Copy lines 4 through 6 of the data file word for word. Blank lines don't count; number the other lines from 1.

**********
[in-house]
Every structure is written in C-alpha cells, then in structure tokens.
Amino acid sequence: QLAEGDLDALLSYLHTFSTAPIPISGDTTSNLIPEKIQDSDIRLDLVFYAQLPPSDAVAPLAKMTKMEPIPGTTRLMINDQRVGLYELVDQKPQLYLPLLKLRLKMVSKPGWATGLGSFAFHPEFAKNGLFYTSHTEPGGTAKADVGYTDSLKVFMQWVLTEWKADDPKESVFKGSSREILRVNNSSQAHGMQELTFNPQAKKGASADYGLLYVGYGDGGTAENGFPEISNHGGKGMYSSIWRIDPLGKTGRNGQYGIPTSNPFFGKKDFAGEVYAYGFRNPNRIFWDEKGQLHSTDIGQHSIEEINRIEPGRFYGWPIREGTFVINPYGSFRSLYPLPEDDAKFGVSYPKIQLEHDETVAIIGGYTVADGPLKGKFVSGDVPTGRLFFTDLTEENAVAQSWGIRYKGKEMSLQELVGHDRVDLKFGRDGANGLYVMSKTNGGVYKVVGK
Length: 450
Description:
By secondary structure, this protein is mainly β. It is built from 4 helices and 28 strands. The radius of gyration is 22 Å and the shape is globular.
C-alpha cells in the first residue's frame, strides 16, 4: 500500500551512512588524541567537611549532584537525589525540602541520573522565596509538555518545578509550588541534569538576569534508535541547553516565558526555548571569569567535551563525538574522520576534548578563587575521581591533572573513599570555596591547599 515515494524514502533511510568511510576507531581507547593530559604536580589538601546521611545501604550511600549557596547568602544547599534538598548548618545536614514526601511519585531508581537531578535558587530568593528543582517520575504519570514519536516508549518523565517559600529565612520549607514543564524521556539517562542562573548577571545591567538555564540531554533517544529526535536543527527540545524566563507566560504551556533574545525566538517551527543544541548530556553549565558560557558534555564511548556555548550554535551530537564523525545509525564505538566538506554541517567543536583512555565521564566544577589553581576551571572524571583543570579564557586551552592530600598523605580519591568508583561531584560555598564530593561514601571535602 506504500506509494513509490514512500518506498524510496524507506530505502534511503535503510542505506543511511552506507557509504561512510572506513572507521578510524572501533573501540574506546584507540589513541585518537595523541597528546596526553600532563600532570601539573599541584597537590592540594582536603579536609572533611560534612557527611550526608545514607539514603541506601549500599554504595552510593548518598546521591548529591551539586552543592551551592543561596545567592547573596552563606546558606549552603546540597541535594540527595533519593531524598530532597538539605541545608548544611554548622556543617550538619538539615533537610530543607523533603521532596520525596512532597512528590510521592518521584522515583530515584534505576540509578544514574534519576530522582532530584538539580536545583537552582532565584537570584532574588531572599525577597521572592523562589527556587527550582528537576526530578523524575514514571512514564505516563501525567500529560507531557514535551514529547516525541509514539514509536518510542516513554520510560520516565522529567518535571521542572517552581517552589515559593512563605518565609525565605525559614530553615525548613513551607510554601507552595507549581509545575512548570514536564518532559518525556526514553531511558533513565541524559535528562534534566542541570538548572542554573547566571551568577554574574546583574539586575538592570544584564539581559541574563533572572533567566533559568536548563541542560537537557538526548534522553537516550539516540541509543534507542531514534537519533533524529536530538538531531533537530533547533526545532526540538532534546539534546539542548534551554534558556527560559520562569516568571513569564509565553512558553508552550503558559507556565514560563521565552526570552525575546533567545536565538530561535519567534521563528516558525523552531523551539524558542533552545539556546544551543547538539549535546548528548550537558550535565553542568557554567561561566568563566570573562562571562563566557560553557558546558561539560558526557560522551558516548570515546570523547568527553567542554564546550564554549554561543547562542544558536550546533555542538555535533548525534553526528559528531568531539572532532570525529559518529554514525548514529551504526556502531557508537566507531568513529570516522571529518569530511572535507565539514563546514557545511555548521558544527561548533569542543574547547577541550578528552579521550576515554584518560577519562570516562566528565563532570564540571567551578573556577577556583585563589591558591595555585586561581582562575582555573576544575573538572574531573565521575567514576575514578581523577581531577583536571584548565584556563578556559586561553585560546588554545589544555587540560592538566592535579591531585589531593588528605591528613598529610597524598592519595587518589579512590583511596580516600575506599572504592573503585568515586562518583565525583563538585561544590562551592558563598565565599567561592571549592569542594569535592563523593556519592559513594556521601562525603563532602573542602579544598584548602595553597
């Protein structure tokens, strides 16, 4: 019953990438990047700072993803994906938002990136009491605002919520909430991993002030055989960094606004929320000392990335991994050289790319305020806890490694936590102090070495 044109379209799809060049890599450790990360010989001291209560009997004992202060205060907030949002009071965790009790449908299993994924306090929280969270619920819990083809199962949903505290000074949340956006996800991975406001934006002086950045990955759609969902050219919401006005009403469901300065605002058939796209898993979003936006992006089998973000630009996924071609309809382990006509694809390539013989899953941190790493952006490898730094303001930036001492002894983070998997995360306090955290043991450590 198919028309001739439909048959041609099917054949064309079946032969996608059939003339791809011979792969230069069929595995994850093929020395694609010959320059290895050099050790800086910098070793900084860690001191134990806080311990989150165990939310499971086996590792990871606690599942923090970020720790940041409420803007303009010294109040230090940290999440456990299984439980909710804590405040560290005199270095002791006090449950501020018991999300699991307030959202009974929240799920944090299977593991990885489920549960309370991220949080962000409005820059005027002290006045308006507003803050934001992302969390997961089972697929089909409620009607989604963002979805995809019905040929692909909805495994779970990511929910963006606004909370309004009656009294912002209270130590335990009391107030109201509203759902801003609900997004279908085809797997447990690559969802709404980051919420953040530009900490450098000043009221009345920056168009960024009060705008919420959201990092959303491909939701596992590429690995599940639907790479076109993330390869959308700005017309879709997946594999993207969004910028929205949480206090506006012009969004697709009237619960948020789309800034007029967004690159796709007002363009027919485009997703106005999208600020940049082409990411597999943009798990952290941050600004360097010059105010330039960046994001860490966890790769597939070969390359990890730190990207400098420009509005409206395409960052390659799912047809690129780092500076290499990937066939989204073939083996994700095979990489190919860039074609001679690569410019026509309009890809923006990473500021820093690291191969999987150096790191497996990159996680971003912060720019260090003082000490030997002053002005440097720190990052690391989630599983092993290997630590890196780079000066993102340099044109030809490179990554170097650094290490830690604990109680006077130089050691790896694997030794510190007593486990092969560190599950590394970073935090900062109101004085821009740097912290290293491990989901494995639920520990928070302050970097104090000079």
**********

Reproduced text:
Length: 450
Description:
By secondary structure, this protein is mainly β. It is built from 4 helices and 28 strands. The radius of gyration is 22 Å and the shape is globular.